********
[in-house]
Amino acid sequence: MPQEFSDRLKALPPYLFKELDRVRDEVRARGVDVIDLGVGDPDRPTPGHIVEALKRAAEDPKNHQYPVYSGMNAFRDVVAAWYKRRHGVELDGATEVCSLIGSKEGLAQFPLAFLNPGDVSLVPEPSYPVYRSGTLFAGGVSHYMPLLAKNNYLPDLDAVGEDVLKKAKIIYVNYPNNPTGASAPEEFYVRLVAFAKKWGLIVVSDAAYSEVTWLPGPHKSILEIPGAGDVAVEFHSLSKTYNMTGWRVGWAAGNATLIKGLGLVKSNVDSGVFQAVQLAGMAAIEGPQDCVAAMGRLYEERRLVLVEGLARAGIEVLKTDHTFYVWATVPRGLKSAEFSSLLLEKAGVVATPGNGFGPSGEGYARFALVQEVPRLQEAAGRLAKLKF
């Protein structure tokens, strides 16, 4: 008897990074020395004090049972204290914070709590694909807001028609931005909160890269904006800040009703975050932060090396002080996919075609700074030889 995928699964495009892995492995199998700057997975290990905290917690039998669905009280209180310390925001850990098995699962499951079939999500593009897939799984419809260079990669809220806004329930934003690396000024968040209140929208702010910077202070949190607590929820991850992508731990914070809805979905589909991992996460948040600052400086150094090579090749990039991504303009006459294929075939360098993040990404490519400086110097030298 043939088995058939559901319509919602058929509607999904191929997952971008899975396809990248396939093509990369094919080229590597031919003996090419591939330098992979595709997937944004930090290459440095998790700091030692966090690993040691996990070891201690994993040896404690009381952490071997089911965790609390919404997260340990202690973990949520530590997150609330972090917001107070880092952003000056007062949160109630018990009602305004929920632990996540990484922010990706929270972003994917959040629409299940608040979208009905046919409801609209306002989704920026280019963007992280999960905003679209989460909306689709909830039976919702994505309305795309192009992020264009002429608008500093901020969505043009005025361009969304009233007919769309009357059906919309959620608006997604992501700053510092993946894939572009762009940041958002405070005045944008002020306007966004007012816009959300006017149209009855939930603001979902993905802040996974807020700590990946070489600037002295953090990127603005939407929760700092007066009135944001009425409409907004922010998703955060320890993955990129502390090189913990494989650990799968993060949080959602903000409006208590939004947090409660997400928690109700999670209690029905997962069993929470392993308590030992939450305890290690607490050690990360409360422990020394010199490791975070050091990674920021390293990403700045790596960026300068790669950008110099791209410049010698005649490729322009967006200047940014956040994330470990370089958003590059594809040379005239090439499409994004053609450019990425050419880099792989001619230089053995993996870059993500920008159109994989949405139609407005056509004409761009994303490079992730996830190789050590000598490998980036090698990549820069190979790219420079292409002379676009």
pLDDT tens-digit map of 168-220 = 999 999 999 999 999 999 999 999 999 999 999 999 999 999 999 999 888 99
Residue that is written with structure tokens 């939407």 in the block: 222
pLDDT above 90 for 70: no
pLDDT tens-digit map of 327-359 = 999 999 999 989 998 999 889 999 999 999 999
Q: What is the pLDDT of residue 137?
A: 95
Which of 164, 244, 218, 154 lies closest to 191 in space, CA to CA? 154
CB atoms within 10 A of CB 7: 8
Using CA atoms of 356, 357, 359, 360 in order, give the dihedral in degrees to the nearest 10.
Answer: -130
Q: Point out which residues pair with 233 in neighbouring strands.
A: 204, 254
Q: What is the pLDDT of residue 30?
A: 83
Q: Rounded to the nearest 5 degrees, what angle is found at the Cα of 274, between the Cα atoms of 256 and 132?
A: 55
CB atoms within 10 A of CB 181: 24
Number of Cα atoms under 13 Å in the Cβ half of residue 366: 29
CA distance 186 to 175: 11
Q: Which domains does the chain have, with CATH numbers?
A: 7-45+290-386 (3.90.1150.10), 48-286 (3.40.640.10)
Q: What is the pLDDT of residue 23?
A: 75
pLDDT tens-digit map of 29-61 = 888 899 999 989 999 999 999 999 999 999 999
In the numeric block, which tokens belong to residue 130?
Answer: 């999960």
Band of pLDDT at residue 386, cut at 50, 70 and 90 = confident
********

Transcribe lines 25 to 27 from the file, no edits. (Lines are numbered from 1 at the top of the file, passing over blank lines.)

Q: What is the pLDDT of residue 23?
A: 75
pLDDT tens-digit map of 29-61 = 888 899 999 989 999 999 999 999 999 999 999